The Mind and Art of Jonathan Swift

By Ricardo Quintana | Go to book overview

CHAPTER III
THE EARLY VERSE

1

WHEN Swift returned to Moor Park late in 1691 it was with the ambition of rising to literary prominence as a poet. With such energy did he set to work that in February of the year following he could report to a friend 'that in these seven weeks I have been here, I have writ, and burnt and writ again, upon almost all manner of subjects, more perhaps than any man in England.' Of the products of this huge activity but five have been preserved: three Pindaric odes in the manner of Cowley and two compositions in heroic couplets.1

This early verse has seldom called forth from Swift's commentators other than derision. Nor will the casual reader, if he has the pertinacity to get through the five pieces, ever be tempted to return to them. Yet despite their badness they are so much a part of the record that the critic must deal with them fully.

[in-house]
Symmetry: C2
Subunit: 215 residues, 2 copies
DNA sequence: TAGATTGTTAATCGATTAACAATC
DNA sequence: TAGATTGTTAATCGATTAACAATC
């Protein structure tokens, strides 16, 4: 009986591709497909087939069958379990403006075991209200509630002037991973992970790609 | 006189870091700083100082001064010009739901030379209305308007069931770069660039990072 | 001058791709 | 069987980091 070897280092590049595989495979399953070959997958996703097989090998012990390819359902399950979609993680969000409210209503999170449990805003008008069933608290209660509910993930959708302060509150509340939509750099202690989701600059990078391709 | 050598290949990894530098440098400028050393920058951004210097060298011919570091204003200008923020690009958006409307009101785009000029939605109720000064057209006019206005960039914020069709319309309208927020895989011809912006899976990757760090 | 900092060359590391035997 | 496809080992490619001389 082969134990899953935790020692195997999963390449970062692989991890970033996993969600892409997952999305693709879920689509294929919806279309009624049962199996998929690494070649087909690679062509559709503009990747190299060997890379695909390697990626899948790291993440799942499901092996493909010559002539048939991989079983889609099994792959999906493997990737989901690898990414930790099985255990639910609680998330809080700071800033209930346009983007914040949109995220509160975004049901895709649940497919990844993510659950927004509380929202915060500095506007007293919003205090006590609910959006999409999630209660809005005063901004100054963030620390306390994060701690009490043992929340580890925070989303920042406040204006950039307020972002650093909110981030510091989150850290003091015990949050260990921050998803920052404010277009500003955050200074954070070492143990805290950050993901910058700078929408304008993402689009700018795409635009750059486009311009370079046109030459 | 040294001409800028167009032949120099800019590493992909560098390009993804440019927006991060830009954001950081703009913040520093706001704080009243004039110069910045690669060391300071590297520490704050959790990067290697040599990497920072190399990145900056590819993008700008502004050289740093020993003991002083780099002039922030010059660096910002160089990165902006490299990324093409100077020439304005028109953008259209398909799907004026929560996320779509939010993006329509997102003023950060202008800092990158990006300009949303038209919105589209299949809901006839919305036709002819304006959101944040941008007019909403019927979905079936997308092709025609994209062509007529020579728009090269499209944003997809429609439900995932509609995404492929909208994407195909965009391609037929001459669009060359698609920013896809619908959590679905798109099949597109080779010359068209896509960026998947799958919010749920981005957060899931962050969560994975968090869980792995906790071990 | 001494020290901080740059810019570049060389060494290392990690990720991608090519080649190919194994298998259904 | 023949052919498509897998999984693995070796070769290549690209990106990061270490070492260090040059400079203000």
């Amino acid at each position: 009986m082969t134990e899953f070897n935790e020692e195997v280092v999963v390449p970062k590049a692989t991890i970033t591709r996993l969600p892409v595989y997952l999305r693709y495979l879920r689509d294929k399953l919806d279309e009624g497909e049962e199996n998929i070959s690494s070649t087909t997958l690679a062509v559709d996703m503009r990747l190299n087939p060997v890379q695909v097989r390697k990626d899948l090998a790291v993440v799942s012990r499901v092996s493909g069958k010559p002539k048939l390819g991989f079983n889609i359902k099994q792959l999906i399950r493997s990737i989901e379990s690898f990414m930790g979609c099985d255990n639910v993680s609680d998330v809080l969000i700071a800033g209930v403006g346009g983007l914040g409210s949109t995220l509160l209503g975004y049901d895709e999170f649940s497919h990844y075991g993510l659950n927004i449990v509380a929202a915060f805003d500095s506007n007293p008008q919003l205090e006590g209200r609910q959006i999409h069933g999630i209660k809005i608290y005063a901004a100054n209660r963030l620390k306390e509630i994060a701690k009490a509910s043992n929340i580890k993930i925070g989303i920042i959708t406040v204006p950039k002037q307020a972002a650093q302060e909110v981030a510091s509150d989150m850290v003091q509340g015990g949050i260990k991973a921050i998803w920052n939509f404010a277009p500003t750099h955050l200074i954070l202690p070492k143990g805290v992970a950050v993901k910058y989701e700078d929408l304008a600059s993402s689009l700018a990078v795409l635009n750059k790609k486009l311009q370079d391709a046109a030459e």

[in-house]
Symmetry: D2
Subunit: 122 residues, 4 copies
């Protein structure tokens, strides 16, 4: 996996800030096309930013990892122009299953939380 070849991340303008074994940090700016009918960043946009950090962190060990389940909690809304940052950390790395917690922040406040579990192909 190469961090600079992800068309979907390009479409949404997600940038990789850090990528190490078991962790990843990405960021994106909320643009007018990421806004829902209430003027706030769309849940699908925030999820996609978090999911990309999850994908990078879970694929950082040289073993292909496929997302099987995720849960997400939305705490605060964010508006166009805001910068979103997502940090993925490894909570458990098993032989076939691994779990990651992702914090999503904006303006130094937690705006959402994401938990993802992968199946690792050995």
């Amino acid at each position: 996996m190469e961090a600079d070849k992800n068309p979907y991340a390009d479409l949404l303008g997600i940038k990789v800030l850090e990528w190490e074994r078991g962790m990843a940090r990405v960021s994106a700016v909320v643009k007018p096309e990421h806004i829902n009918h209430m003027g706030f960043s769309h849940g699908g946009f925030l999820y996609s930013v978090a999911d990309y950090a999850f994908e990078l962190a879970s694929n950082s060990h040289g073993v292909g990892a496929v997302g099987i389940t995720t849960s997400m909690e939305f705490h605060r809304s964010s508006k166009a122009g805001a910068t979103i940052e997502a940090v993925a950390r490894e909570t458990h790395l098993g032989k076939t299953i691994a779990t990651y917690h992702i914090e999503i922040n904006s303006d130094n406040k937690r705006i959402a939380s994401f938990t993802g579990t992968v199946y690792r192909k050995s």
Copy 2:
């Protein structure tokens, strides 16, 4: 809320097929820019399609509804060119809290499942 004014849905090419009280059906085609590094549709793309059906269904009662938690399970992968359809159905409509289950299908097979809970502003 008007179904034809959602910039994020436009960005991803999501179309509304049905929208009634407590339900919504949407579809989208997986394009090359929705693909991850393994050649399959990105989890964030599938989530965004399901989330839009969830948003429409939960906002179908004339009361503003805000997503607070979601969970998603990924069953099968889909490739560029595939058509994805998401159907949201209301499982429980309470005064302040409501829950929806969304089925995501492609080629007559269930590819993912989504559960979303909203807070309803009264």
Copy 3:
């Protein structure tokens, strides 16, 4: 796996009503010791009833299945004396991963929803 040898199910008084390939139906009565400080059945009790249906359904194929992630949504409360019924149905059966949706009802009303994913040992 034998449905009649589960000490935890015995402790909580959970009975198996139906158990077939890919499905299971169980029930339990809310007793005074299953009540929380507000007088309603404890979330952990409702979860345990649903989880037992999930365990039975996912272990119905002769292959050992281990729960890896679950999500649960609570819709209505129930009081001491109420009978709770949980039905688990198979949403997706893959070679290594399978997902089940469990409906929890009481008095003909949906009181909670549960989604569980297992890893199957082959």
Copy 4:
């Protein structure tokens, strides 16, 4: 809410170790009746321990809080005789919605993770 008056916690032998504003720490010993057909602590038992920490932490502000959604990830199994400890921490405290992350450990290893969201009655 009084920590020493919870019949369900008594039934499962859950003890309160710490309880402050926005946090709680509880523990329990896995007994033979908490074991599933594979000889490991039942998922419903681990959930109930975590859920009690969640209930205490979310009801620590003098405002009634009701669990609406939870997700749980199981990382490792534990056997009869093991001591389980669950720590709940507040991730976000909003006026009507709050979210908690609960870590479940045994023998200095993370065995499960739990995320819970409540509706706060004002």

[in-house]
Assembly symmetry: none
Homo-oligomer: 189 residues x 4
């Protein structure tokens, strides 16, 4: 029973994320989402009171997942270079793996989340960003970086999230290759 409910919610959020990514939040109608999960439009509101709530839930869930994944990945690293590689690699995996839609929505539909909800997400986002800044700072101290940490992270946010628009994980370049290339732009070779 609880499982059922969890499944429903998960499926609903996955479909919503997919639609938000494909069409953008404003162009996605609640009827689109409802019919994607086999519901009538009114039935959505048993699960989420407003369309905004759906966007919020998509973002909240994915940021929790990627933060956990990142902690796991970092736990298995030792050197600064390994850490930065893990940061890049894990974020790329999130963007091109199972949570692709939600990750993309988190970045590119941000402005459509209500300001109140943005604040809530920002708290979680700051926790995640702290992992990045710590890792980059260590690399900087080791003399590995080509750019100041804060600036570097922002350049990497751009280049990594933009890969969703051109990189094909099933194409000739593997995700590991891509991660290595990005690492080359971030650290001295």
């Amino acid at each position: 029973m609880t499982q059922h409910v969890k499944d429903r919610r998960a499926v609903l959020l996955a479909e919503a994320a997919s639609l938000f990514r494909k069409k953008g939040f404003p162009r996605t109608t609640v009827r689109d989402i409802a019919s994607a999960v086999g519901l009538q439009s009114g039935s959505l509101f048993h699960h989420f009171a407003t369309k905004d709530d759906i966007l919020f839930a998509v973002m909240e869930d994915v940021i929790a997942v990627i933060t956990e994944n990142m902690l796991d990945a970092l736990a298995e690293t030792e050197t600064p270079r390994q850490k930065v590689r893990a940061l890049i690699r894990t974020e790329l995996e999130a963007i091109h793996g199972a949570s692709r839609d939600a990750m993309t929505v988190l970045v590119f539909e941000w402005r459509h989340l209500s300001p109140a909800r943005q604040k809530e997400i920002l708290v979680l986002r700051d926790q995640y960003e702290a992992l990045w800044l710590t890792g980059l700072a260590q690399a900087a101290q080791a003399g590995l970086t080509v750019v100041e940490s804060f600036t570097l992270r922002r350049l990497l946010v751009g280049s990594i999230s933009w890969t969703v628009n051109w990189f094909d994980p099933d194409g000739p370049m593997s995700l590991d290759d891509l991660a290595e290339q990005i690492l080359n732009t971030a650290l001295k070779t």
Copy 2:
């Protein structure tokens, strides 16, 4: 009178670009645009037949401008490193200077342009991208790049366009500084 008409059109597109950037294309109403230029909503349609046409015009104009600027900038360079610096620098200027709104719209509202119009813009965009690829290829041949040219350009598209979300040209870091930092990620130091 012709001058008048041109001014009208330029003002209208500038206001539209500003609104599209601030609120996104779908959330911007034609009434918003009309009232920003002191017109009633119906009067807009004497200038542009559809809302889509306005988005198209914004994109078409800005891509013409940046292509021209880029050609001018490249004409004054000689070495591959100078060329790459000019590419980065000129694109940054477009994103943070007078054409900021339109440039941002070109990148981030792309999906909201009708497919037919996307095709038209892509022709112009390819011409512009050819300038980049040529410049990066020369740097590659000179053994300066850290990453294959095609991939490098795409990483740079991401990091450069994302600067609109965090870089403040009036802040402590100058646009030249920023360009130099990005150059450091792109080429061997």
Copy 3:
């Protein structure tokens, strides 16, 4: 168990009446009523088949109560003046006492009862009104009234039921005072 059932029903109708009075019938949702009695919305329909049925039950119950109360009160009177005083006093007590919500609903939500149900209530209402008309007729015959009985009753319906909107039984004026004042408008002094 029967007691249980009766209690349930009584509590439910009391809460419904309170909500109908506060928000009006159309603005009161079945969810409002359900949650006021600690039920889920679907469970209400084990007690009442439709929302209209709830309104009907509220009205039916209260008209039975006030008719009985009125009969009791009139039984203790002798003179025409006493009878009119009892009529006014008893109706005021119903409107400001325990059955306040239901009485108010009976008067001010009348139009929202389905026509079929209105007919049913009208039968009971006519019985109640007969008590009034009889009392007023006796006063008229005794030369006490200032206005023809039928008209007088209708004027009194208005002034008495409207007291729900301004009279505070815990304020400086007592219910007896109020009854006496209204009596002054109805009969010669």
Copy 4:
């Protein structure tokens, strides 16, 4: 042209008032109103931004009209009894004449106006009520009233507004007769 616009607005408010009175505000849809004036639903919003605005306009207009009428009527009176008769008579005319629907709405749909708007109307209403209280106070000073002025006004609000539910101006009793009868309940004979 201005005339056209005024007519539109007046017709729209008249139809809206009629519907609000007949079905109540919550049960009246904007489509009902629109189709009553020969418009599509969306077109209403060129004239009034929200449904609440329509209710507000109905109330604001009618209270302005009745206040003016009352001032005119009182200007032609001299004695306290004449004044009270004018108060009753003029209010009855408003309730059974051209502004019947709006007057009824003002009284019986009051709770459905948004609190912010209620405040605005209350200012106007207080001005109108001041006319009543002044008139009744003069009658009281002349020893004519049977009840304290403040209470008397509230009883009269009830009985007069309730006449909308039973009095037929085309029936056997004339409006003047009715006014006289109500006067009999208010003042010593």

Be it said in mitigation that as a matter of literary history Swift's three Pindaric odes are by no means the worst of their kind -- Cowley had been imitated with results far more distressing. Furthermore, Swift's unsuccessful struggle with the Muse was not protracted to the length sometimes imagined, for its beginning can be dated at Swift's return to Moor Park in the last days of 1691 and it ended with the close of the year 1693. Even a genius may be allowed two years of floundering.

But here there is no intention of defending the early verses or of discovering therein unrecognized virtues. In a study of Swift's mind and art their function is clear: through them and through nothing else are we enabled to view the writer's mind before it attained that assurance displayed in every line of A Tale of a Tub; while on the score of art Swift's incapacity in these first efforts is commentary of remarkable significance on his later mastery.

-29-

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